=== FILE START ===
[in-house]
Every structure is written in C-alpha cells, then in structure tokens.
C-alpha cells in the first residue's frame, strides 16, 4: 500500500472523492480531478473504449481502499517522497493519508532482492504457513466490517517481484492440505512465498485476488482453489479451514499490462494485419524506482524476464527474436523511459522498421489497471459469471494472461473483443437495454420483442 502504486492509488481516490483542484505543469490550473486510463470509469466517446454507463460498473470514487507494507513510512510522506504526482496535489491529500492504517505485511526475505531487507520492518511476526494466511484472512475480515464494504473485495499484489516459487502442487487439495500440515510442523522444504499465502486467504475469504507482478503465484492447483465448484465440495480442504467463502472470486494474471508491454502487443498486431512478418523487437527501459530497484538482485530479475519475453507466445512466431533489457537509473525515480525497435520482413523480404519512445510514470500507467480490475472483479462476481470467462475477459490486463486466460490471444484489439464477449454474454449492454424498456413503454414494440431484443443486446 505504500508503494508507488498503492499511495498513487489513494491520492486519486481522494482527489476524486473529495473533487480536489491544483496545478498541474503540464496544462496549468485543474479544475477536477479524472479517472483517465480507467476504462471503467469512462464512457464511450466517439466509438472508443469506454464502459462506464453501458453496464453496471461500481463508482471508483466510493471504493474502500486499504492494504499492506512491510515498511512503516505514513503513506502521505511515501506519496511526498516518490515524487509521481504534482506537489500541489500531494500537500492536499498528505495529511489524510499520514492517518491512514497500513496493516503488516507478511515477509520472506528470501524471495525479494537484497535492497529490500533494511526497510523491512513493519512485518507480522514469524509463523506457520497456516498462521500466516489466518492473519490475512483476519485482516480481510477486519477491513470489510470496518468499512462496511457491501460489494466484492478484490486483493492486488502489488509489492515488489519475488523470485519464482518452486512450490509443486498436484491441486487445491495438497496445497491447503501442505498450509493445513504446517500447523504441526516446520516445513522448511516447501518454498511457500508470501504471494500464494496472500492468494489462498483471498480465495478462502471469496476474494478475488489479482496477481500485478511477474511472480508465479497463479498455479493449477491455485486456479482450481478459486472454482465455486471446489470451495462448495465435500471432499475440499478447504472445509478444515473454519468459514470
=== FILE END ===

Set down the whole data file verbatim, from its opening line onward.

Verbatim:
[in-house]
Every structure is written in C-alpha cells, then in structure tokens.
C-alpha cells in the first residue's frame, strides 16, 4: 500500500472523492480531478473504449481502499517522497493519508532482492504457513466490517517481484492440505512465498485476488482453489479451514499490462494485419524506482524476464527474436523511459522498421489497471459469471494472461473483443437495454420483442 502504486492509488481516490483542484505543469490550473486510463470509469466517446454507463460498473470514487507494507513510512510522506504526482496535489491529500492504517505485511526475505531487507520492518511476526494466511484472512475480515464494504473485495499484489516459487502442487487439495500440515510442523522444504499465502486467504475469504507482478503465484492447483465448484465440495480442504467463502472470486494474471508491454502487443498486431512478418523487437527501459530497484538482485530479475519475453507466445512466431533489457537509473525515480525497435520482413523480404519512445510514470500507467480490475472483479462476481470467462475477459490486463486466460490471444484489439464477449454474454449492454424498456413503454414494440431484443443486446 505504500508503494508507488498503492499511495498513487489513494491520492486519486481522494482527489476524486473529495473533487480536489491544483496545478498541474503540464496544462496549468485543474479544475477536477479524472479517472483517465480507467476504462471503467469512462464512457464511450466517439466509438472508443469506454464502459462506464453501458453496464453496471461500481463508482471508483466510493471504493474502500486499504492494504499492506512491510515498511512503516505514513503513506502521505511515501506519496511526498516518490515524487509521481504534482506537489500541489500531494500537500492536499498528505495529511489524510499520514492517518491512514497500513496493516503488516507478511515477509520472506528470501524471495525479494537484497535492497529490500533494511526497510523491512513493519512485518507480522514469524509463523506457520497456516498462521500466516489466518492473519490475512483476519485482516480481510477486519477491513470489510470496518468499512462496511457491501460489494466484492478484490486483493492486488502489488509489492515488489519475488523470485519464482518452486512450490509443486498436484491441486487445491495438497496445497491447503501442505498450509493445513504446517500447523504441526516446520516445513522448511516447501518454498511457500508470501504471494500464494496472500492468494489462498483471498480465495478462502471469496476474494478475488489479482496477481500485478511477474511472480508465479497463479498455479493449477491455485486456479482450481478459486472454482465455486471446489470451495462448495465435500471432499475440499478447504472445509478444515473454519468459514470